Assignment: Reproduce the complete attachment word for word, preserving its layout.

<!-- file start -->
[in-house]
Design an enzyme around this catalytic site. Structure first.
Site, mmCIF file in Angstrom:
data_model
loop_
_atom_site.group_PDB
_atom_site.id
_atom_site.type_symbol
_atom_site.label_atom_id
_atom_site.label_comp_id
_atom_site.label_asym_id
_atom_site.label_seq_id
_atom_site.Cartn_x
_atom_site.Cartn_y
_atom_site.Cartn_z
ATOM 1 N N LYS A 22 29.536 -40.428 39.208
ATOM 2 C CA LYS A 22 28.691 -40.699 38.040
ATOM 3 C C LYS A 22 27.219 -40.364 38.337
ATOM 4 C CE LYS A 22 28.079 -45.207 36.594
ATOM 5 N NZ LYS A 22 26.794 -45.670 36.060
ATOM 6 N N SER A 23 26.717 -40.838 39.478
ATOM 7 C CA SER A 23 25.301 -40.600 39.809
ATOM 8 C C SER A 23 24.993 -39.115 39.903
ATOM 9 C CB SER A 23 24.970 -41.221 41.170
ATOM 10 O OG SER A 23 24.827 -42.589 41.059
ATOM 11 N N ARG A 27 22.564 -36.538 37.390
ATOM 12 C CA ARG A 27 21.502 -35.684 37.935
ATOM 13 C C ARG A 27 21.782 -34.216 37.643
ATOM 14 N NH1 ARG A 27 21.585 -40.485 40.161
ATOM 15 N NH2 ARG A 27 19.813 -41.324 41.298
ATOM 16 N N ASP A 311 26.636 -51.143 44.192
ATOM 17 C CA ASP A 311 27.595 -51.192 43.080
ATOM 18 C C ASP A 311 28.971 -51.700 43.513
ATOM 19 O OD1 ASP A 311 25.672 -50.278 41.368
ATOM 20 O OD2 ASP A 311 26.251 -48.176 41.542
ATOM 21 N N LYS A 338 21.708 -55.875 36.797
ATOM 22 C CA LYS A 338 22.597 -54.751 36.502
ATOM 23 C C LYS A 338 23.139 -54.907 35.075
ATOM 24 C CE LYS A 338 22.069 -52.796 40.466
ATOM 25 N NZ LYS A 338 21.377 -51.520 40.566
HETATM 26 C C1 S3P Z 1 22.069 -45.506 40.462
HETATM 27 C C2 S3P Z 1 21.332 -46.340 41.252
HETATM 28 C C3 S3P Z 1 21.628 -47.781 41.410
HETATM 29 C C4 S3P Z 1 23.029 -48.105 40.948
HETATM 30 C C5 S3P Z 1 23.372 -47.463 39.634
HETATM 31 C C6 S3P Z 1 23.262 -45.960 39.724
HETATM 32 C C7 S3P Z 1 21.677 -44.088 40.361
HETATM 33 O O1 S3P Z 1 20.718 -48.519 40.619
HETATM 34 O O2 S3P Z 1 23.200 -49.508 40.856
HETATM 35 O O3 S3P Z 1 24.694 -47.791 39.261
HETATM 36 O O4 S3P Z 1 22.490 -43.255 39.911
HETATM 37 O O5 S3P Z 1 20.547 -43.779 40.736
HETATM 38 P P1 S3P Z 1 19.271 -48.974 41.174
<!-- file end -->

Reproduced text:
[in-house]
Design an enzyme around this catalytic site. Structure first.
Site, mmCIF file in Angstrom:
data_model
loop_
_atom_site.group_PDB
_atom_site.id
_atom_site.type_symbol
_atom_site.label_atom_id
_atom_site.label_comp_id
_atom_site.label_asym_id
_atom_site.label_seq_id
_atom_site.Cartn_x
_atom_site.Cartn_y
_atom_site.Cartn_z
ATOM 1 N N LYS A 22 29.536 -40.428 39.208
ATOM 2 C CA LYS A 22 28.691 -40.699 38.040
ATOM 3 C C LYS A 22 27.219 -40.364 38.337
ATOM 4 C CE LYS A 22 28.079 -45.207 36.594
ATOM 5 N NZ LYS A 22 26.794 -45.670 36.060
ATOM 6 N N SER A 23 26.717 -40.838 39.478
ATOM 7 C CA SER A 23 25.301 -40.600 39.809
ATOM 8 C C SER A 23 24.993 -39.115 39.903
ATOM 9 C CB SER A 23 24.970 -41.221 41.170
ATOM 10 O OG SER A 23 24.827 -42.589 41.059
ATOM 11 N N ARG A 27 22.564 -36.538 37.390
ATOM 12 C CA ARG A 27 21.502 -35.684 37.935
ATOM 13 C C ARG A 27 21.782 -34.216 37.643
ATOM 14 N NH1 ARG A 27 21.585 -40.485 40.161
ATOM 15 N NH2 ARG A 27 19.813 -41.324 41.298
ATOM 16 N N ASP A 311 26.636 -51.143 44.192
ATOM 17 C CA ASP A 311 27.595 -51.192 43.080
ATOM 18 C C ASP A 311 28.971 -51.700 43.513
ATOM 19 O OD1 ASP A 311 25.672 -50.278 41.368
ATOM 20 O OD2 ASP A 311 26.251 -48.176 41.542
ATOM 21 N N LYS A 338 21.708 -55.875 36.797
ATOM 22 C CA LYS A 338 22.597 -54.751 36.502
ATOM 23 C C LYS A 338 23.139 -54.907 35.075
ATOM 24 C CE LYS A 338 22.069 -52.796 40.466
ATOM 25 N NZ LYS A 338 21.377 -51.520 40.566
HETATM 26 C C1 S3P Z 1 22.069 -45.506 40.462
HETATM 27 C C2 S3P Z 1 21.332 -46.340 41.252
HETATM 28 C C3 S3P Z 1 21.628 -47.781 41.410
HETATM 29 C C4 S3P Z 1 23.029 -48.105 40.948
HETATM 30 C C5 S3P Z 1 23.372 -47.463 39.634
HETATM 31 C C6 S3P Z 1 23.262 -45.960 39.724
HETATM 32 C C7 S3P Z 1 21.677 -44.088 40.361
HETATM 33 O O1 S3P Z 1 20.718 -48.519 40.619
HETATM 34 O O2 S3P Z 1 23.200 -49.508 40.856
HETATM 35 O O3 S3P Z 1 24.694 -47.791 39.261
HETATM 36 O O4 S3P Z 1 22.490 -43.255 39.911
HETATM 37 O O5 S3P Z 1 20.547 -43.779 40.736
HETATM 38 P P1 S3P Z 1 19.271 -48.974 41.174